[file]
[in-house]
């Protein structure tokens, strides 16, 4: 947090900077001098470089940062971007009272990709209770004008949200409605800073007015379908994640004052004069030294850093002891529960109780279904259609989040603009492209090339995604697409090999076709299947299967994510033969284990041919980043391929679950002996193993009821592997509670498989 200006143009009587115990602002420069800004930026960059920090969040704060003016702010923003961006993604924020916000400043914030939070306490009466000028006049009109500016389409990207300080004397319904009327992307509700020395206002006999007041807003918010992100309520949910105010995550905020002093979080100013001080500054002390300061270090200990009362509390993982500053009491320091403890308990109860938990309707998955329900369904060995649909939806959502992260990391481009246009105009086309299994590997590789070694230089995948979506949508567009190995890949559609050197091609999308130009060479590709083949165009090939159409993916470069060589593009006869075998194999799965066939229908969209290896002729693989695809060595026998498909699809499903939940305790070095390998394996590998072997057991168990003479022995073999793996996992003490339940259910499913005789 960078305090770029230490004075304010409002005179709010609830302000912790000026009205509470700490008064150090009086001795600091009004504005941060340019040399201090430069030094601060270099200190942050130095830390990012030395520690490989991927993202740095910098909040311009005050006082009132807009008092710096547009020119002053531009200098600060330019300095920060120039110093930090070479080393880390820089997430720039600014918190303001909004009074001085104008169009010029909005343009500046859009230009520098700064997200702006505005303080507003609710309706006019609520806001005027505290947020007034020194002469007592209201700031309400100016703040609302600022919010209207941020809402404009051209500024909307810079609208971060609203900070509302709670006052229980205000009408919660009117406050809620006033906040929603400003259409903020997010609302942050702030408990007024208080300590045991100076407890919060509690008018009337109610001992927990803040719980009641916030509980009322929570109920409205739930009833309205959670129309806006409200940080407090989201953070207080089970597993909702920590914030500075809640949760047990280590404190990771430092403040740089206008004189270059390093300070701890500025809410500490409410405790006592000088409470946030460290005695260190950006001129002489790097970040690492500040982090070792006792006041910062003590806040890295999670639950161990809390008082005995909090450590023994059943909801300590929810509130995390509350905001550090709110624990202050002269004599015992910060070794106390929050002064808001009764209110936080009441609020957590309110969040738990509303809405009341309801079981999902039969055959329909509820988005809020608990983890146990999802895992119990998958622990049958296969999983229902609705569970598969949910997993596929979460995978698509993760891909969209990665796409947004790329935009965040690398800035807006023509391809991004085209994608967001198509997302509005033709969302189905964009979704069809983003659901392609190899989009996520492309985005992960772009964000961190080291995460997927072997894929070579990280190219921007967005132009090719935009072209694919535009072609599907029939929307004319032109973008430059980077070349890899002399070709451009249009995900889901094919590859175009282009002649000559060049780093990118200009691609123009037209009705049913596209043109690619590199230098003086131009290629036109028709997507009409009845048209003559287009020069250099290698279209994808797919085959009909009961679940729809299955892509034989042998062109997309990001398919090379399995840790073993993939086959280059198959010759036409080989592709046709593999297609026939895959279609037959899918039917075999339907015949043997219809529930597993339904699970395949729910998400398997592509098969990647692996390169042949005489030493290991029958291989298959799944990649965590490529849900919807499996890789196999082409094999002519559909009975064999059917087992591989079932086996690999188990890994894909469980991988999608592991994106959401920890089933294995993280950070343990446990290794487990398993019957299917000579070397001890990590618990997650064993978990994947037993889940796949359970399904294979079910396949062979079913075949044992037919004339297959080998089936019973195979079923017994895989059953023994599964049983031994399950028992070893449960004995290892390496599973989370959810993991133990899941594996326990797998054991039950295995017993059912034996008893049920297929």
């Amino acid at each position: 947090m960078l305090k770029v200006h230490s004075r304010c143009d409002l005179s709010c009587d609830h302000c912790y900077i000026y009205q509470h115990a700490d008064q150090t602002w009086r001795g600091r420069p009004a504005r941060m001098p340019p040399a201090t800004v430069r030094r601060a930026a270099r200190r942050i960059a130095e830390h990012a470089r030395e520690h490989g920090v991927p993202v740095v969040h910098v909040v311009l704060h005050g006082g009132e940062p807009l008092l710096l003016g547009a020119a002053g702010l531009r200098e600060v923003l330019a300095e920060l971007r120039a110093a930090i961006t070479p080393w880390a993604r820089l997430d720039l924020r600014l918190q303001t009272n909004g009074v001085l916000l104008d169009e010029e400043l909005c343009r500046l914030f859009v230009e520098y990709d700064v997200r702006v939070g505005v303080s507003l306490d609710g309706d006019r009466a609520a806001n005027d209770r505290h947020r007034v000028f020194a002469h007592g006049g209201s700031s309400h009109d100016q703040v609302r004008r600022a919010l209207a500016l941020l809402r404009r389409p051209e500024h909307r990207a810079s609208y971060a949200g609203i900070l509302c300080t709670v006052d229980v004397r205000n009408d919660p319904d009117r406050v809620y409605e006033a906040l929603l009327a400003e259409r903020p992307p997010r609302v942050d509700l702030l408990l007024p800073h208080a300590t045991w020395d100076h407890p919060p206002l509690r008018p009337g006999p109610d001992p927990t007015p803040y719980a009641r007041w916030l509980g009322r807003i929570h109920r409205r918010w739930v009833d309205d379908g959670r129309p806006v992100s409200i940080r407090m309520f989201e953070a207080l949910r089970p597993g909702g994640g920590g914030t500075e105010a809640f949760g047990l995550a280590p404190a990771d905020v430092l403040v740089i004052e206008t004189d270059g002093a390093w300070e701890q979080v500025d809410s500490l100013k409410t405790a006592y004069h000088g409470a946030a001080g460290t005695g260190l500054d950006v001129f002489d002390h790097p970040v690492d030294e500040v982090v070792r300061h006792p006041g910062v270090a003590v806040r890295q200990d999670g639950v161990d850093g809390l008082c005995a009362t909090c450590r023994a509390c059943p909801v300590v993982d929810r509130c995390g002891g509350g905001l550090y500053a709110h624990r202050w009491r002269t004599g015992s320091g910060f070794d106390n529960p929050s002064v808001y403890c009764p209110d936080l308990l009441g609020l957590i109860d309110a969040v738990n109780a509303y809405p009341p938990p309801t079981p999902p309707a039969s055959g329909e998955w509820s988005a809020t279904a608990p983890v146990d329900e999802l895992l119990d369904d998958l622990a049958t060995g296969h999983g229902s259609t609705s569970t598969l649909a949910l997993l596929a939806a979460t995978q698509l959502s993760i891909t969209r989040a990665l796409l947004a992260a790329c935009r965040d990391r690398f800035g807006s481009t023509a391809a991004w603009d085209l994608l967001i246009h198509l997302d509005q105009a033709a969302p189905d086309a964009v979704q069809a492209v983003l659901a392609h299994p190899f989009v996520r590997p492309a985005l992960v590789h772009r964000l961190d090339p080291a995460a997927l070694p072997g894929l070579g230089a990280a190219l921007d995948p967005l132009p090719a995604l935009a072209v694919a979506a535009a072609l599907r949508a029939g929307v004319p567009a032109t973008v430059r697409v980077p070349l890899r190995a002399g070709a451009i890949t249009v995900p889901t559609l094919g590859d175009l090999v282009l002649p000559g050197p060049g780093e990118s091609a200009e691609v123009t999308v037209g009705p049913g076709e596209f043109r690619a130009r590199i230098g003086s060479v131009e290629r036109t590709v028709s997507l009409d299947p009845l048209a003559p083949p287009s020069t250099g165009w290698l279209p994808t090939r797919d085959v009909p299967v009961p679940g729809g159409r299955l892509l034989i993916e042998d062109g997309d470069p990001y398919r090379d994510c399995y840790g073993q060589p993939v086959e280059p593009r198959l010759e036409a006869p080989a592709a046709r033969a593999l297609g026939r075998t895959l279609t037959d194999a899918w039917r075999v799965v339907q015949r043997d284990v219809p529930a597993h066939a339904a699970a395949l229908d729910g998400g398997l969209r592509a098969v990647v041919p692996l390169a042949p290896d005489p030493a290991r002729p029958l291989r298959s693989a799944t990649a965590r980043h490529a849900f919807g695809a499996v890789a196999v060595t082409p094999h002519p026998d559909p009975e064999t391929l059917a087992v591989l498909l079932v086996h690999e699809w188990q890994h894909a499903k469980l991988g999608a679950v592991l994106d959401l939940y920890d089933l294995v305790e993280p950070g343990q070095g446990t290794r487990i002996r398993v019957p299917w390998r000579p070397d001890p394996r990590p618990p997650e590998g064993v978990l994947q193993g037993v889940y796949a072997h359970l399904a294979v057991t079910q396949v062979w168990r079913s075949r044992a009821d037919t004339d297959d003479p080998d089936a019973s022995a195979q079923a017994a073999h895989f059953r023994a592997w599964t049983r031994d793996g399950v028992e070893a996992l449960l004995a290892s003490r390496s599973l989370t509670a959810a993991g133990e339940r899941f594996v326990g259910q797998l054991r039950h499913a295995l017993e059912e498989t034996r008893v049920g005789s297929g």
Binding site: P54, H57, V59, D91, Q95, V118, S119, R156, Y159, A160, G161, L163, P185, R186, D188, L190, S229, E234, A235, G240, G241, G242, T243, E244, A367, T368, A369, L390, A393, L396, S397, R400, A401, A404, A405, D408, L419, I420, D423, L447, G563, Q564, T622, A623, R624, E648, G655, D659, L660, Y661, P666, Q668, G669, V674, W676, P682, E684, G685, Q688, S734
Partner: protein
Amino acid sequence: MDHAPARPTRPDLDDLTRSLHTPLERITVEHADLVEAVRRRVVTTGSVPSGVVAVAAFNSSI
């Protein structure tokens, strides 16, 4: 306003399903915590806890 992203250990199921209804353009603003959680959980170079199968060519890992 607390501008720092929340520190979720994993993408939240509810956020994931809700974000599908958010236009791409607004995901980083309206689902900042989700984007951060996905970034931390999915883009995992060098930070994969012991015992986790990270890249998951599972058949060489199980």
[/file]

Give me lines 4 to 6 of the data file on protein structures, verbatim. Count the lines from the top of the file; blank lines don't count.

Binding site: P54, H57, V59, D91, Q95, V118, S119, R156, Y159, A160, G161, L163, P185, R186, D188, L190, S229, E234, A235, G240, G241, G242, T243, E244, A367, T368, A369, L390, A393, L396, S397, R400, A401, A404, A405, D408, L419, I420, D423, L447, G563, Q564, T622, A623, R624, E648, G655, D659, L660, Y661, P666, Q668, G669, V674, W676, P682, E684, G685, Q688, S734
Partner: protein
Amino acid sequence: MDHAPARPTRPDLDDLTRSLHTPLERITVEHADLVEAVRRRVVTTGSVPSGVVAVAAFNSSI